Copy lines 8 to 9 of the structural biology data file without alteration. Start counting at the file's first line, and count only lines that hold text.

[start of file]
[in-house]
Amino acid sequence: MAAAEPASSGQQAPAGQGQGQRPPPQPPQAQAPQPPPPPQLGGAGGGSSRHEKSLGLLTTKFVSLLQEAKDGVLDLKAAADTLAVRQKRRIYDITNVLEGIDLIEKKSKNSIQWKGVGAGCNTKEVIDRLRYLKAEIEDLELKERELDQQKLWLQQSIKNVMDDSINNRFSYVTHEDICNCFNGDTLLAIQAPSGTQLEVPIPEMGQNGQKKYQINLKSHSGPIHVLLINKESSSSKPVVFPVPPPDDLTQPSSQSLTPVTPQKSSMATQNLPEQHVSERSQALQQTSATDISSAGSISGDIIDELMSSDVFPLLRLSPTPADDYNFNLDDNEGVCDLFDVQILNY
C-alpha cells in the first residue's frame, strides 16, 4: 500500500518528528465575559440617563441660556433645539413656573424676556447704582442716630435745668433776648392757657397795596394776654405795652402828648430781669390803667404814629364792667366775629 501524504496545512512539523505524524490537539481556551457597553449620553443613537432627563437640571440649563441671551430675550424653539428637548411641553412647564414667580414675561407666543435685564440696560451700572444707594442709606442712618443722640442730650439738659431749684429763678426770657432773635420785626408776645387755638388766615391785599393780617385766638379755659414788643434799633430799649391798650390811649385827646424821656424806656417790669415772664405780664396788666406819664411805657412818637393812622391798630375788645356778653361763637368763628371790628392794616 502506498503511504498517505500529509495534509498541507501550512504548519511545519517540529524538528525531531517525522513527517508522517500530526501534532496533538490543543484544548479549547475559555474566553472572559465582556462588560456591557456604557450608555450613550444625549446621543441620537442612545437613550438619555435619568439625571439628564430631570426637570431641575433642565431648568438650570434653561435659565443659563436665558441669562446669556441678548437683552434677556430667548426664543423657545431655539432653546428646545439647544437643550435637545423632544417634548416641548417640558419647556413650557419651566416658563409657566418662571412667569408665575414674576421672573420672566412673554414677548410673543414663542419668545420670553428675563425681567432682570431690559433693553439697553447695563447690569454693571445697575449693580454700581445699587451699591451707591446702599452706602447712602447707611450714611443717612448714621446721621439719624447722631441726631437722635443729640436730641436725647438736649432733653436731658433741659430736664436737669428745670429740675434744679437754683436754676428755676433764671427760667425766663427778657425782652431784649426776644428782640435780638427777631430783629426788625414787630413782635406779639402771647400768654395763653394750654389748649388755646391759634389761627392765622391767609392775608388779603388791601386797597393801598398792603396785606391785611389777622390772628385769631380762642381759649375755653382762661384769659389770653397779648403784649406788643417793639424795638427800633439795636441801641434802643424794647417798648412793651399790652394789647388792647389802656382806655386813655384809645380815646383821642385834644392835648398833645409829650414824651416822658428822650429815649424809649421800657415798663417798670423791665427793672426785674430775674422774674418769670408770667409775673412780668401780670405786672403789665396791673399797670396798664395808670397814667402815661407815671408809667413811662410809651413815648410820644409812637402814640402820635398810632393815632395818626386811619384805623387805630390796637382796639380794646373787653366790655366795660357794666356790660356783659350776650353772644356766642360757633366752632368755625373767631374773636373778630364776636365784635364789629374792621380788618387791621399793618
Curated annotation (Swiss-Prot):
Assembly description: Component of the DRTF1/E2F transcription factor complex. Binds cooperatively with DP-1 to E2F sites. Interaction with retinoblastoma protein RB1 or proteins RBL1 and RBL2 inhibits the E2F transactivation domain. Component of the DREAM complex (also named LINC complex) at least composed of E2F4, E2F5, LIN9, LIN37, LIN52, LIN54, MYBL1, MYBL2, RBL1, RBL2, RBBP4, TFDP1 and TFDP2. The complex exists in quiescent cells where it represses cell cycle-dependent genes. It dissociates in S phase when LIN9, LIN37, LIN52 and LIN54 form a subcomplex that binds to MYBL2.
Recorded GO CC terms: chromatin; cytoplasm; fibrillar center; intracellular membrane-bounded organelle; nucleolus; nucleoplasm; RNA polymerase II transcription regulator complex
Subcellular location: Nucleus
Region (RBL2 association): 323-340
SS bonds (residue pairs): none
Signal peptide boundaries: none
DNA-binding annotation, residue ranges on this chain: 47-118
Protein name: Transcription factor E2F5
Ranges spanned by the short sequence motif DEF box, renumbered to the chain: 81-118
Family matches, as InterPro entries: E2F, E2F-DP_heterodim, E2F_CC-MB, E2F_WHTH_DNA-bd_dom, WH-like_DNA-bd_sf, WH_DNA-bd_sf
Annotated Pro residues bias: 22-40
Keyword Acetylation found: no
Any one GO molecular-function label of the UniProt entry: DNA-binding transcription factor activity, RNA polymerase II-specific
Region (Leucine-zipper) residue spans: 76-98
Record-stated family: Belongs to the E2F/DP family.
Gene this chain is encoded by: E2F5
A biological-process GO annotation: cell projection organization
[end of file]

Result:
Region (RBL2 association): 323-340
SS bonds (residue pairs): none